Former Air Force teammates fly in from around the country for Chad Demers benefit hockey tournament
GRAFTON -- The 2015 Air Force men's hockey senior class has always been particularly tight.
Upon their graduation, they spread across the country, but have made an effort to get back together as much as possible. They met up in Las Vegas one summer. They met up in Nashville another summer.
So, perhaps what happened in Grafton last weekend isn't particularly surprising.
The town held a benefit for one of those players. Chad Demers, who clinched a state championship for Grafton-Park River by scoring a triple overtime goal in high school, captained the Fargo Force in junior hockey and scored more than 100 career points at Air Force, is battling brain cancer.
His friends started the Demmy Dangles Cancer hockey tournament last year to raise money for Demers and his family.
Nearly his entire Air Force senior class traveled from around the country to be there.
His linemates, Cole Gunner and Scott Holm, flew in from Boston. Defenseman Dan Weissenhofer flew in from South Bend, Ind. Defenseman Mike McDonald flew in from Los Angeles.
Forward Jason Fabian, who was in the class before Demers, flew in from Florida. Goalie Paul Moberg flew in from Cheyenne, Wyo. Forward Jacques Lamoureux came from Colorado.
"That always means a lot, just because they all live in different parts of the country, all over the U.S.," Demers said. "Just to make an effort to come up for the tournament, spend time here. . . I know it's a lot of time for travel, money spent to be here and time to take. But we always have a blast. They're always happy to do it. It's something we look forward to."
Weissenhofer, who drove from South Bend to Chicago, flew to Minneapolis and drove to Grafton, said he wouldn't miss it. Weissenhofer and Demers were teammates in Fargo for two years, at Air Force for four years and were stationed together in Los Angeles after graduation for three years.
They originally met at Fargo's tryout camp more than a decade ago.
"I slashed him across the wrists, he yelled at me and we've been friends ever since," Weissenhofer said. "Chad is one of my best friends and one of my greatest teammates. Anything we can do to get the boys together, support him, play some hockey and have some fun, I'm always going to jump at that opportunity."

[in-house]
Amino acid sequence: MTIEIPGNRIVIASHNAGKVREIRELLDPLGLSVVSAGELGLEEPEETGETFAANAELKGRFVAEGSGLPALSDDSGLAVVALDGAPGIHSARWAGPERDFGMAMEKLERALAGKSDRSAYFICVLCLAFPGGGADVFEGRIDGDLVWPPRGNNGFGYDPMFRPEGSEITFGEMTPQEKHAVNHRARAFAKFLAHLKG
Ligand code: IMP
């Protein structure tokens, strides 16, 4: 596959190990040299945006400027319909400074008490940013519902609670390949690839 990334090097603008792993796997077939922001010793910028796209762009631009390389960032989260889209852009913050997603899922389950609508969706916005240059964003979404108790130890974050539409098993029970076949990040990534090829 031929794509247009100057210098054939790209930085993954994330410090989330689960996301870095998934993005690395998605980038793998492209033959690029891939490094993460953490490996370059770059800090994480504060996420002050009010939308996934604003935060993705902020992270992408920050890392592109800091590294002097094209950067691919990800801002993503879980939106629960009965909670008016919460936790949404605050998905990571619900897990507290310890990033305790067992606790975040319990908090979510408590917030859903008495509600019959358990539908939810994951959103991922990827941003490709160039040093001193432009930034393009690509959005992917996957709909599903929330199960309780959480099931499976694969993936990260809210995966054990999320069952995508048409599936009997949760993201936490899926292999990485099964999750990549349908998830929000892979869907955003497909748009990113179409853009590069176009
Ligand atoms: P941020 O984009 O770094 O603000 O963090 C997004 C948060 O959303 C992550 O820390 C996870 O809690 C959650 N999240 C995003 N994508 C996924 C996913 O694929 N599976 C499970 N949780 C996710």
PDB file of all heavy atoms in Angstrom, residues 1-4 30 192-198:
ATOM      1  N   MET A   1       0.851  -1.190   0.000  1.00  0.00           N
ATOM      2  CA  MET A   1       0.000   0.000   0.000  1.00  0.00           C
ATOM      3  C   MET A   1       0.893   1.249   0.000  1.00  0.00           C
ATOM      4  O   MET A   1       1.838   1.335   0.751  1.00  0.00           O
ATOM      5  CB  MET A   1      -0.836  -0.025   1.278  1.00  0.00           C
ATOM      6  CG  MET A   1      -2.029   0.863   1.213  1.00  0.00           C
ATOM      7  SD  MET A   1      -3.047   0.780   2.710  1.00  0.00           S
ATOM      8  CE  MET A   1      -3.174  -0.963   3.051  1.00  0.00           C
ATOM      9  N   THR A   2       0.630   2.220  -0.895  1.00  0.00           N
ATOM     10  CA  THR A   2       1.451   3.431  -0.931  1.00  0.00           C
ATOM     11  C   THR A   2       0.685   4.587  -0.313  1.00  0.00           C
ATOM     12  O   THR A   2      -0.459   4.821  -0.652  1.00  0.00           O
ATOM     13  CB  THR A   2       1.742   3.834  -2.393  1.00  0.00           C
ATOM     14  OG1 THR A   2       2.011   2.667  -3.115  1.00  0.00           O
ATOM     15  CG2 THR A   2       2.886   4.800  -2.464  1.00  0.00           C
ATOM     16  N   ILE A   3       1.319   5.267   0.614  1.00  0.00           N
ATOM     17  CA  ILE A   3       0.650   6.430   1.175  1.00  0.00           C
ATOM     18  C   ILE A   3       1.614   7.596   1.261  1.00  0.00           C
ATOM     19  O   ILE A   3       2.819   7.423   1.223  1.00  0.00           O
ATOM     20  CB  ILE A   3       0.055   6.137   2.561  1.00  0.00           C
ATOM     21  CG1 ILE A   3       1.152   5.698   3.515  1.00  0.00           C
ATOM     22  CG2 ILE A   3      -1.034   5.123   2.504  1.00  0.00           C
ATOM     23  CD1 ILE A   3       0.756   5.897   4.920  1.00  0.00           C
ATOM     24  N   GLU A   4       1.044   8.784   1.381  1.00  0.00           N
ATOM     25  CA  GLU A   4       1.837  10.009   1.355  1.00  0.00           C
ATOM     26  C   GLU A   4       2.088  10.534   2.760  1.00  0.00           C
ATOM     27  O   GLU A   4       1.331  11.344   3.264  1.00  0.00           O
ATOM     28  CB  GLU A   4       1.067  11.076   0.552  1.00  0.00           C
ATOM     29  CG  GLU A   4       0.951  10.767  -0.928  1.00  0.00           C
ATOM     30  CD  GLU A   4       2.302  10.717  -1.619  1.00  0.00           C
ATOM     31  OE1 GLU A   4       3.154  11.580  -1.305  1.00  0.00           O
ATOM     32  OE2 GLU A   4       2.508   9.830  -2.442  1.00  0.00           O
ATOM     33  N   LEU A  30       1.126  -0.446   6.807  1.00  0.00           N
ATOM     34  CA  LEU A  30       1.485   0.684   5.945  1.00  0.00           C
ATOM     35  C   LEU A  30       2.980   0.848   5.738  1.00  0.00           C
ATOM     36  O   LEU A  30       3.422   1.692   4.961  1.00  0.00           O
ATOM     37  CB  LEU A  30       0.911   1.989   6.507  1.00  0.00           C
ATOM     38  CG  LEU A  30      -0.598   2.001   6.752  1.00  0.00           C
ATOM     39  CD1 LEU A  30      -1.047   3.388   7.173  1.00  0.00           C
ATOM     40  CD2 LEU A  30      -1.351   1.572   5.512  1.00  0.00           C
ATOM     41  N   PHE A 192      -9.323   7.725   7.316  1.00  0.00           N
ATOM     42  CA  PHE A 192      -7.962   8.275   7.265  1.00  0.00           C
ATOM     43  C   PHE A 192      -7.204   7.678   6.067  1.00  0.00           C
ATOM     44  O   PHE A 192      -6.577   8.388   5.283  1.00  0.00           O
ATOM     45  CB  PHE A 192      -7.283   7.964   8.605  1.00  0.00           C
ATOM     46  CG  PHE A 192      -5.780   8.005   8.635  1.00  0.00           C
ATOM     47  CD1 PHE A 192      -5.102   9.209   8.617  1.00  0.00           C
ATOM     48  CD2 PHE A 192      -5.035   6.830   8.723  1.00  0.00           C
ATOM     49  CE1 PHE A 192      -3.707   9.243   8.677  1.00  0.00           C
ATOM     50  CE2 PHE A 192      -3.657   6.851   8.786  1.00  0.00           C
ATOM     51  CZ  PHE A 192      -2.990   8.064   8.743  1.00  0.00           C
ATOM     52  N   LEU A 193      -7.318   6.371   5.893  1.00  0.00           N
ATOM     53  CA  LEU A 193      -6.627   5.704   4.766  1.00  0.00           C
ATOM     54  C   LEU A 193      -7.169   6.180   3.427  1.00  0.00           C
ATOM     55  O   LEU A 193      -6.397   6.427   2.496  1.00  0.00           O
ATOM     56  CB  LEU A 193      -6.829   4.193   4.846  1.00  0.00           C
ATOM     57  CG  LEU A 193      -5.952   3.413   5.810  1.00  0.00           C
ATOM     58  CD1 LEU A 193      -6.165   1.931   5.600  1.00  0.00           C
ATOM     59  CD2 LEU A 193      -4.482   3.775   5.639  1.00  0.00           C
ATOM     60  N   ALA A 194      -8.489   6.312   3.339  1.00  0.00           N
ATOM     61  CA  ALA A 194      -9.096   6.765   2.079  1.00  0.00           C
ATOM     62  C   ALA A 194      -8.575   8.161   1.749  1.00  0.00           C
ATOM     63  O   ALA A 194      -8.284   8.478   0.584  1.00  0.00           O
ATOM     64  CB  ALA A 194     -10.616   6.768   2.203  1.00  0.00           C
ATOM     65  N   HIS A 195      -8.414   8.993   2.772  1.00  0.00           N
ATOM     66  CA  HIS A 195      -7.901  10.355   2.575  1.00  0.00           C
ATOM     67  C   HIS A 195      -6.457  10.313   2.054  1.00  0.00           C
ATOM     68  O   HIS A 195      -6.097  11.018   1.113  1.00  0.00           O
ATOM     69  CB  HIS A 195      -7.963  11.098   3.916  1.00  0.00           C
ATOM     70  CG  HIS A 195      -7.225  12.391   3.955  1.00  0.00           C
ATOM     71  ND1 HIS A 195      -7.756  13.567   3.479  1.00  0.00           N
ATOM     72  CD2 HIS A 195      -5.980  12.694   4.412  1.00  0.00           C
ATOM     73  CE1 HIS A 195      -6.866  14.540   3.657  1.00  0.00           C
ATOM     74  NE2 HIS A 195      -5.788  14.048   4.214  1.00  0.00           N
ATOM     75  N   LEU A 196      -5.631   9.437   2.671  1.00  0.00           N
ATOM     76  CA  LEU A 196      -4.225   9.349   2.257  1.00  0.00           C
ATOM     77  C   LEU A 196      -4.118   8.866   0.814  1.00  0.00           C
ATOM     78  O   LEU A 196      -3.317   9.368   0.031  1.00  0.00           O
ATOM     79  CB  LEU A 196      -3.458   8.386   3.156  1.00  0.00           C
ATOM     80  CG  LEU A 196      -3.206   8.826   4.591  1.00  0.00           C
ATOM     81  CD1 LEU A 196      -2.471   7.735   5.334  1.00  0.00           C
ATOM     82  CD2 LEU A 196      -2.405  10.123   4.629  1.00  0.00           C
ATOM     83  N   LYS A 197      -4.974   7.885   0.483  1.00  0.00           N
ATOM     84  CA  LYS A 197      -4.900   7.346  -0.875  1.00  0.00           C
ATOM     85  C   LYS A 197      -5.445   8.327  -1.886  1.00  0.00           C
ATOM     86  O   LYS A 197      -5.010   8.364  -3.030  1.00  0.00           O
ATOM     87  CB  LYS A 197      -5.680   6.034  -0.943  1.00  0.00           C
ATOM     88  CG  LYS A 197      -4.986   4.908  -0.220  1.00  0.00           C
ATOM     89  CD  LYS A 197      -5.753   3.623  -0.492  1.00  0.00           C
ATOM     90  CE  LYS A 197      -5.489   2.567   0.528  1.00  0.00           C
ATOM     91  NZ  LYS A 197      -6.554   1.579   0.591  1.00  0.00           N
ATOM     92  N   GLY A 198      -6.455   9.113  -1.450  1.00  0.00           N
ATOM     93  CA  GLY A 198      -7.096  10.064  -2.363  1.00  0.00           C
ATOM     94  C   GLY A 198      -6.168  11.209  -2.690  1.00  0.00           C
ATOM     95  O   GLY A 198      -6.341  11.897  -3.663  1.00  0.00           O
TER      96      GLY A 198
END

Demers is fighting Grade 4 Glioblastoma, the same brain cancer that Sen. John McCain battled. Doctors originally told Demers in September 2018 that he probably had less than two years to live, but after receiving a pathology report back from Mayo Clinic in Rochester, Minn., they found that Demers has a rare IDH mutation, which generally extends lifespans in Glioblastoma patients.
Demers said Glioblastoma is not curable, but it is treatable.
The day before the tournament started, he had a positive check-up at Mayo Clinic.
In the meantime, Demers hasn't slowed down. He has been elevated to a full-time assistant coaching position with the Fargo Force, who won the 2018 United States Hockey League's Clark Cup and currently sit in second place in the Western Conference.
Cancer hasn't kept him off the ice, either.
Demers played in the seven-team tournament over the weekend.
Each team was assigned a captain and the squads were drafted the night before the tournament started.
That meant Chad ended up on opposite teams as some people he's used to having on his side. In the championship game, Chad played against his younger brother, Joey, his old Air Force linemate, Gunner, his current Force head coach, Pierre-Paul Lamoureux, and the player that set him up for his state-title winning high school goal, Alex Gaustad.
Chad's team lost 4-3 in the final. The final two minutes of the game, Chad's team pulled its goalie, and although it was a fun event, the intensity ratcheted up like an old Division I game.
"It's so much fun," Weissenhofer said. "It's the greatest time. The last time I played hockey was this tournament last year. Before that, it was at the Academy. The only time I get on the ice is if Chad convinces me to."
That's what a close group of college teammates can do.
"We were a pretty tight class," Holm said. "We spent pretty much every day for four years together. We got to know everybody super well. We spent a lot of time and did a lot of fun things together.
"Playing with Chad in college, getting to know what type of person he is, he's a great guy. He'd do anything for us. So, the least we can do is come up here, support him and play hockey. It's always fun to get out there."